Adolescents who felt relaxed when first exposed to nicotine from a cigarette were more likely to get hooked, new study shows.
Following up on studies that have indicated the speed with which adolescents can get hooked on cigarettes, researchers at the University of Massachusetts Medical School have conducted the first study to determine why some adolescents who try smoking get addicted while others do not.
"We know that nicotine can have an immediate impact on the brain, and yet we also know that not every adolescent who tries a cigarette gets hooked," said the study's lead author, Joseph R. DiFranza, MD, professor of family medicine & community health at UMMS. "We wanted to know what accounts for the difference in vulnerability among adolescents who pick up that first cigarette."
While personality factors often determine which young people will try smoking, it appears that it is the manner in which the brain reacts to nicotine, rather than personality, that is most important to determining whether an adolescent will become hooked on nicotine once he or she has tried it. "It appears that it is an addictive physiology and not an addictive personality that determines who will become dependent," observed Dr. DiFranza.
The four-year prospective study was based on over 12,000 interviews with 1,246 sixth-graders in public schools in six Massachusetts communities. Researchers assessed 46 risk factors in categories such as personality, attitudes and beliefs about smoking, smoking by parents, siblings and peers, family and community involvement, and reactions to inhaling from a cigarette for the first time. When all factors were considered together, an experience of relaxation in response to the first dose of nicotine was the strongest predictor of future addiction.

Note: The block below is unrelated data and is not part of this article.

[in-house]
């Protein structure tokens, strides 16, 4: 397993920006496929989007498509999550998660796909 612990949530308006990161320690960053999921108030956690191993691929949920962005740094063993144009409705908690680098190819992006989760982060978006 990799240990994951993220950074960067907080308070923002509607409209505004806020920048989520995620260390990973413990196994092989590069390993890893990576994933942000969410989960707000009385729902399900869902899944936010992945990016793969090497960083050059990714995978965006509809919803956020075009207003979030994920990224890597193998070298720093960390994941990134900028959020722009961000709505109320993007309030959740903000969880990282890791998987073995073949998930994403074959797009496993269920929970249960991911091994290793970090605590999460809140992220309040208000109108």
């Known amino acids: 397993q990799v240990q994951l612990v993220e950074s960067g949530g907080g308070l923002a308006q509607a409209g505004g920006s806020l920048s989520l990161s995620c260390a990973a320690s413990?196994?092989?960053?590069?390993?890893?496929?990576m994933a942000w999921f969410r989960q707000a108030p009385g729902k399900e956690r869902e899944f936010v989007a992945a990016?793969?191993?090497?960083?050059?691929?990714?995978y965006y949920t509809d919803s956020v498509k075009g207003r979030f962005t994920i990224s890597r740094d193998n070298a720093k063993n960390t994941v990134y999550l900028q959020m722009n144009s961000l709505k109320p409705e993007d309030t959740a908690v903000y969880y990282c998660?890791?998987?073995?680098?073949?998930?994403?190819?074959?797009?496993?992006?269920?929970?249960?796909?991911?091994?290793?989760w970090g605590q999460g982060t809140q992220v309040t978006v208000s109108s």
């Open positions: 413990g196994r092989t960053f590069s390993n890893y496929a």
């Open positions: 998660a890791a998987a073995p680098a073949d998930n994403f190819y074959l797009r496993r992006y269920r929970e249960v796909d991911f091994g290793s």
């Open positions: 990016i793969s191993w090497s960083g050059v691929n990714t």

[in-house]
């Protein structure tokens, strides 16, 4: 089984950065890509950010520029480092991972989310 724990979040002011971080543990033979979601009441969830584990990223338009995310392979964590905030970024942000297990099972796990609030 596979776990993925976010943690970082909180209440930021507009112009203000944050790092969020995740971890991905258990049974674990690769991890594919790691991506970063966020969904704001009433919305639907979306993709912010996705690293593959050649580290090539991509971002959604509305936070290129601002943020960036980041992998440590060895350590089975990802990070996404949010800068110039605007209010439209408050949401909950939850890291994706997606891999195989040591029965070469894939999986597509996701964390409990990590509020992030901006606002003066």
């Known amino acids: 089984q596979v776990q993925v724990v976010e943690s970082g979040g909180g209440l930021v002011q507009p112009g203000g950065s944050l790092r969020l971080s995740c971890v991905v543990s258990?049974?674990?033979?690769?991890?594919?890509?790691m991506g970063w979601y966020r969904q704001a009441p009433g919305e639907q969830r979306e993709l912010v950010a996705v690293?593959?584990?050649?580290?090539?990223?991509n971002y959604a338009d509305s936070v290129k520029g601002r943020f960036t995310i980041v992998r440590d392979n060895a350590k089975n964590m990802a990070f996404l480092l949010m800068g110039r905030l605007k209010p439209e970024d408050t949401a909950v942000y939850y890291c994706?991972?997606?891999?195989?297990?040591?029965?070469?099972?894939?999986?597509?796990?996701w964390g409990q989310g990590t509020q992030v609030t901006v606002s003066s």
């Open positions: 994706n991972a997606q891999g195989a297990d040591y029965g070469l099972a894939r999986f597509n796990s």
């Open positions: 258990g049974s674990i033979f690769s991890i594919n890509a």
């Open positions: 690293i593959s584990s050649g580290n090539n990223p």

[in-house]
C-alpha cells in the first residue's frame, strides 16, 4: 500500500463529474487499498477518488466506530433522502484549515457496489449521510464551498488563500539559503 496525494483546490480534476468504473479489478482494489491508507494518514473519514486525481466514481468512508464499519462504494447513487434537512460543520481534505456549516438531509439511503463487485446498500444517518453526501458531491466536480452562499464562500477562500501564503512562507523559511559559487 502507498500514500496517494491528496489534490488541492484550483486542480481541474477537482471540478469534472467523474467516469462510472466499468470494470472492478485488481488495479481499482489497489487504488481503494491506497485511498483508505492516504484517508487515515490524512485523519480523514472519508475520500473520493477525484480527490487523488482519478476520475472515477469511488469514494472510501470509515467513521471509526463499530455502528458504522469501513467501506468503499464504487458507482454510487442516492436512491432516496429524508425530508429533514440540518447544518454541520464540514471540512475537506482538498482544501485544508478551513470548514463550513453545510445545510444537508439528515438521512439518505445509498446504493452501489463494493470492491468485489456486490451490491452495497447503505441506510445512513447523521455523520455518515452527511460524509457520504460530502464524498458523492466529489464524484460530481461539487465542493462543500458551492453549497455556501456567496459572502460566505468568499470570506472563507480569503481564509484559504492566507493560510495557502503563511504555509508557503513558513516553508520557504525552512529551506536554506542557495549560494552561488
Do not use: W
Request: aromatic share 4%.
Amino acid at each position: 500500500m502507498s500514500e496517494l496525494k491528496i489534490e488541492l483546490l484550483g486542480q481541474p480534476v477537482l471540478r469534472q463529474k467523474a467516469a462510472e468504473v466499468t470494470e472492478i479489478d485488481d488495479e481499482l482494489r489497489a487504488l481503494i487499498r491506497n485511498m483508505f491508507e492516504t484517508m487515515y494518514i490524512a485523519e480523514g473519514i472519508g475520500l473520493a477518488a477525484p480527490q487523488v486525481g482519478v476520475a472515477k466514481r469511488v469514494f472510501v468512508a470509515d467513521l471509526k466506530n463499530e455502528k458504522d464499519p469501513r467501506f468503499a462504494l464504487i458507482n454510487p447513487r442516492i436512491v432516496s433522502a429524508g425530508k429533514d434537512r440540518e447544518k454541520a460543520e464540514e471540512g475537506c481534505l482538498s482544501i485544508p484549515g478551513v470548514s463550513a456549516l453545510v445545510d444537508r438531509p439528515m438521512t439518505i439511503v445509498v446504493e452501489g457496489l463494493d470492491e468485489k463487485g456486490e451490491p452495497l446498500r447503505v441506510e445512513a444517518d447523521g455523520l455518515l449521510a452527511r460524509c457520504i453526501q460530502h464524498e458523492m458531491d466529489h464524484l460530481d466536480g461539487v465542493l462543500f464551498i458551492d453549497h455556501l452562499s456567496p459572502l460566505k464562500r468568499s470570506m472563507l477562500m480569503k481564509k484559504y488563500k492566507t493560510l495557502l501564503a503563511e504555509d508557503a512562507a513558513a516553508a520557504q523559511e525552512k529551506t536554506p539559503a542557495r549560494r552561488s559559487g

Other factors that predicted addiction were familiarity with the cigarette advertising character Joe Camel, a novelty-seeking personality, and a depressed mood. "These findings underscore our belief that the development of dependence is triggered by the changes in brain chemistry that follow the very first dose of nicotine," said DiFranza.
The study was supported by the National Institute on Drug Abuse and appears in the October 1 issue of the Journal of Pediatrics. According to the National Institutes of Health, smoking remains the leading preventable cause of death in the United States, accounting for approximately 440,000 deaths annually.
DiFranza's UMMS colleagues Judith K. Ockene, PhD, Judith A. Savageau, MPH, Kenneth Fletcher, PhD, Lori Pbert, PhD, Jennifer Hazelton, BA, Karen Friedman, BA, Gretchen Dussault, BA, and Connie Wood, MSW; Jennifer O'Loughlin, PhD, of McGill University; Ann D. McNeill, PhD, of St. George's Hospital Medical School at the University of London; and Robert J. Wellman of both UMMS and Fitchburg State College also contributed to the study
Materials provided by University of Massachusetts Medical School. Note: Content may be edited for style and length.
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